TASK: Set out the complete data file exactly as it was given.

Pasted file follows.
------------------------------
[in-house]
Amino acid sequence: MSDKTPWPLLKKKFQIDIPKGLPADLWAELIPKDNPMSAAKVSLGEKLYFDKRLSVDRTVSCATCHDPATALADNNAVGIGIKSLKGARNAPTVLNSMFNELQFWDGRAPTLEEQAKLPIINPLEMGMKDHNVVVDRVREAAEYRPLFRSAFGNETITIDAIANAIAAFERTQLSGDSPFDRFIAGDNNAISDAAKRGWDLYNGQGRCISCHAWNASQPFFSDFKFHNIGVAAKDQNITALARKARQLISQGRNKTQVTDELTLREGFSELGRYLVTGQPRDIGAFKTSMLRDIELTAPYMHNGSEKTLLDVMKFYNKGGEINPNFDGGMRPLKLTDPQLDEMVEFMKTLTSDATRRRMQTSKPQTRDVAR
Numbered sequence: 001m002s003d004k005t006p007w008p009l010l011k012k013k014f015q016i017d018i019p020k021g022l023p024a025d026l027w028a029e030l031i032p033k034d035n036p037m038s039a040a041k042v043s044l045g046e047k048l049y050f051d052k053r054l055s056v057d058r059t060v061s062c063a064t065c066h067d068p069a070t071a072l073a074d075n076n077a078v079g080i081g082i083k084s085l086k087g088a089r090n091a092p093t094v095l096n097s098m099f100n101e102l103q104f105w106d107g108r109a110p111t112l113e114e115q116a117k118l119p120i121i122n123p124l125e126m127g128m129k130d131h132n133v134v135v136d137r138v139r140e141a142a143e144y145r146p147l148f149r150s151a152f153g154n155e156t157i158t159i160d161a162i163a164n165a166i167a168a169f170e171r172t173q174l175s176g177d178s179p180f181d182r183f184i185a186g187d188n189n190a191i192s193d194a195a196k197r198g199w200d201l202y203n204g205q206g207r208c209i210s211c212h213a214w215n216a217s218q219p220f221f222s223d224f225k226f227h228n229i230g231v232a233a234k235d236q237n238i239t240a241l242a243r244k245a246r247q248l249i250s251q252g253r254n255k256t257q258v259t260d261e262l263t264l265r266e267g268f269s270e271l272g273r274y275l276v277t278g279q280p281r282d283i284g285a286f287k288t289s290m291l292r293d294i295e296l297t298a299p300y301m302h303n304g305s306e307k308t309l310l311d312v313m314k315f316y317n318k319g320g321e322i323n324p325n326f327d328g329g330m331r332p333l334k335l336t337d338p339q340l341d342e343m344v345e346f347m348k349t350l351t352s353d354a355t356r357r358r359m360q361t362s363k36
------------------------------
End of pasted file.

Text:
[in-house]
Amino acid sequence: MSDKTPWPLLKKKFQIDIPKGLPADLWAELIPKDNPMSAAKVSLGEKLYFDKRLSVDRTVSCATCHDPATALADNNAVGIGIKSLKGARNAPTVLNSMFNELQFWDGRAPTLEEQAKLPIINPLEMGMKDHNVVVDRVREAAEYRPLFRSAFGNETITIDAIANAIAAFERTQLSGDSPFDRFIAGDNNAISDAAKRGWDLYNGQGRCISCHAWNASQPFFSDFKFHNIGVAAKDQNITALARKARQLISQGRNKTQVTDELTLREGFSELGRYLVTGQPRDIGAFKTSMLRDIELTAPYMHNGSEKTLLDVMKFYNKGGEINPNFDGGMRPLKLTDPQLDEMVEFMKTLTSDATRRRMQTSKPQTRDVAR
Numbered sequence: 001m002s003d004k005t006p007w008p009l010l011k012k013k014f015q016i017d018i019p020k021g022l023p024a025d026l027w028a029e030l031i032p033k034d035n036p037m038s039a040a041k042v043s044l045g046e047k048l049y050f051d052k053r054l055s056v057d058r059t060v061s062c063a064t065c066h067d068p069a070t071a072l073a074d075n076n077a078v079g080i081g082i083k084s085l086k087g088a089r090n091a092p093t094v095l096n097s098m099f100n101e102l103q104f105w106d107g108r109a110p111t112l113e114e115q116a117k118l119p120i121i122n123p124l125e126m127g128m129k130d131h132n133v134v135v136d137r138v139r140e141a142a143e144y145r146p147l148f149r150s151a152f153g154n155e156t157i158t159i160d161a162i163a164n165a166i167a168a169f170e171r172t173q174l175s176g177d178s179p180f181d182r183f184i185a186g187d188n189n190a191i192s193d194a195a196k197r198g199w200d201l202y203n204g205q206g207r208c209i210s211c212h213a214w215n216a217s218q219p220f221f222s223d224f225k226f227h228n229i230g231v232a233a234k235d236q237n238i239t240a241l242a243r244k245a246r247q248l249i250s251q252g253r254n255k256t257q258v259t260d261e262l263t264l265r266e267g268f269s270e271l272g273r274y275l276v277t278g279q280p281r282d283i284g285a286f287k288t289s290m291l292r293d294i295e296l297t298a299p300y301m302h303n304g305s306e307k308t309l310l311d312v313m314k315f316y317n318k319g320g321e322i323n324p325n326f327d328g329g330m331r332p333l334k335l336t337d338p339q340l341d342e343m344v345e346f347m348k349t350l351t352s353d354a355t356r357r358r359m360q361t362s363k36